Intenselivestock grazing outcompetes wild-ungulates in low-productivity rangelands.This is a long-standing and highly debated conservation problem globally. We examinedimpacts of migratory livestock grazing on Trans-Himalayan rangeland and Asiaticibex, a wild-ungulate and primary prey of the endangered snow leopard. Vegetationand ibex were sampled in an intensely grazed (livestock density 63 sheep-goat/km2)and ungrazed areas, during spring (before-grazing), summer (during-grazing) andautumn (after-grazing). Proportionate to vegetated area, independent randomlylaid 1mX1m plots were sampled for vegetation cover and biomass estimation (Cover:NUngrazed=237; NGrazed=127; Biomass: NUngrazed=119;NGrazed=64). Ibex density and young:adult-female ratios were estimatedby repeatedly sampling 17 trails using double-observer method across bothtreatments for the three time periods and two consecutive years. Graminoid and herb biomass were significantly higherin ungrazed than grazed area (ANOVA; Graminoid: FTreatment=16.05; P=<0.001;Herb: FTreatment=22.75; P=< 0.001). Overall vegetationcomposition was dissimilar across ungrazed and grazed area (Morisita Index 0.18),however, palatable species composition was similar (Morisita Index 0.70). Biomassof palatable species was 2.25 times higher in ungrazed than grazed area. Totaloff-take of dry forage by migratory livestock from grazed pastures (61 km2)was 10,658 kgs km-2 over two months of grazing. Ibex density was 1.80-7.0times higher in ungrazed than grazed area in 2015, while 2.45-4.7 times higherin ungrazed than grazed area during 2016. Ibex yearling:adult-female ratio was sixtimes higher in ungrazed than grazed area. Significantreduction in forageavailability lowered ibex density and yearling:adult-female ratios in grazedarea, suggesting migratory livestock outcompetes ibex through exploitativecompetition.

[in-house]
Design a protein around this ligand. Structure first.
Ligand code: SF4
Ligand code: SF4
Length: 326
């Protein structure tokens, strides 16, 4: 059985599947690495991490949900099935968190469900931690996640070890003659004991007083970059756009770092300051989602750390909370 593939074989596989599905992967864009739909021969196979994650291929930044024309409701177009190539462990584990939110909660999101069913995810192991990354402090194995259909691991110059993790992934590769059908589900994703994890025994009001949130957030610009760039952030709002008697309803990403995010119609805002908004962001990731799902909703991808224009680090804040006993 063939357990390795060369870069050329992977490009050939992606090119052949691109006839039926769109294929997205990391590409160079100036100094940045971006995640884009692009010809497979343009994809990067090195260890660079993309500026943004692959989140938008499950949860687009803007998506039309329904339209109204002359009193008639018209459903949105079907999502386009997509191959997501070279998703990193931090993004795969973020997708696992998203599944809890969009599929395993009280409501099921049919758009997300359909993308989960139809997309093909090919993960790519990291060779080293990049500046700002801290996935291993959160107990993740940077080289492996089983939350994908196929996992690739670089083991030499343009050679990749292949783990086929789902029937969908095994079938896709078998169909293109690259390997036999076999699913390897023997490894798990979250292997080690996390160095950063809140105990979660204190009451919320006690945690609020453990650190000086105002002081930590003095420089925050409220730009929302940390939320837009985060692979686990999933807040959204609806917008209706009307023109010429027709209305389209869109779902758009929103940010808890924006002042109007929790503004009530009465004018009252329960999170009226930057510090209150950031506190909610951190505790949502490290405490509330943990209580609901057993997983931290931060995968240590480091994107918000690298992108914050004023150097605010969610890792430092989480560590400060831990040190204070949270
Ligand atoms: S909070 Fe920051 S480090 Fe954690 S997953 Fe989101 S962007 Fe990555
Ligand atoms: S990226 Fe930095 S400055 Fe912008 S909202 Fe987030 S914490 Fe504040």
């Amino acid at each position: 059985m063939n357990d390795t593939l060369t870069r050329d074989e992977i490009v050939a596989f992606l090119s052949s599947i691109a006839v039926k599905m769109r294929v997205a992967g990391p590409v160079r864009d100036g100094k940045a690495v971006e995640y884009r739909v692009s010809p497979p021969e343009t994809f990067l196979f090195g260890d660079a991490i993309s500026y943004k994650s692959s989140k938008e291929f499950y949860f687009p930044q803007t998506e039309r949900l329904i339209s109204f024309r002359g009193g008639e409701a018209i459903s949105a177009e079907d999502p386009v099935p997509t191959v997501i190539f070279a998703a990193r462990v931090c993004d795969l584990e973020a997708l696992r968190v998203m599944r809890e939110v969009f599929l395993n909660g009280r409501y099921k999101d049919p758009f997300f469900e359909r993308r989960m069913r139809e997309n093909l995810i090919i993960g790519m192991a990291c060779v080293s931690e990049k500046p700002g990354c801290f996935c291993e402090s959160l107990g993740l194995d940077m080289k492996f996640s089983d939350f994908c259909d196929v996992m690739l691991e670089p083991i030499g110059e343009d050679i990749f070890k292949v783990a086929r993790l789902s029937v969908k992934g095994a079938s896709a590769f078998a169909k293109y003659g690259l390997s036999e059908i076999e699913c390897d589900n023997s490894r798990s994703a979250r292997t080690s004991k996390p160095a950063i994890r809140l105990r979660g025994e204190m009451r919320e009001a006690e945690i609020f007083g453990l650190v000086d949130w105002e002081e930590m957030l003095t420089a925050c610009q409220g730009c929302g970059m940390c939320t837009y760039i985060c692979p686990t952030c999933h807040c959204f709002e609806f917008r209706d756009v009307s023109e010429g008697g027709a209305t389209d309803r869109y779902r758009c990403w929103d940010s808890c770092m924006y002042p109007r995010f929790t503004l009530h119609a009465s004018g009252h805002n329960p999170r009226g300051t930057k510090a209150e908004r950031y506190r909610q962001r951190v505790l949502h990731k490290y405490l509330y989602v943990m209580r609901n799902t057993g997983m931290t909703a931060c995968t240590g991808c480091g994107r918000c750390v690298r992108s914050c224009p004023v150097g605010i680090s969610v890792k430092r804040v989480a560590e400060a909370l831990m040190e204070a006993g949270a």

12th International Mammalogical Congress, 2017. Perth, Australia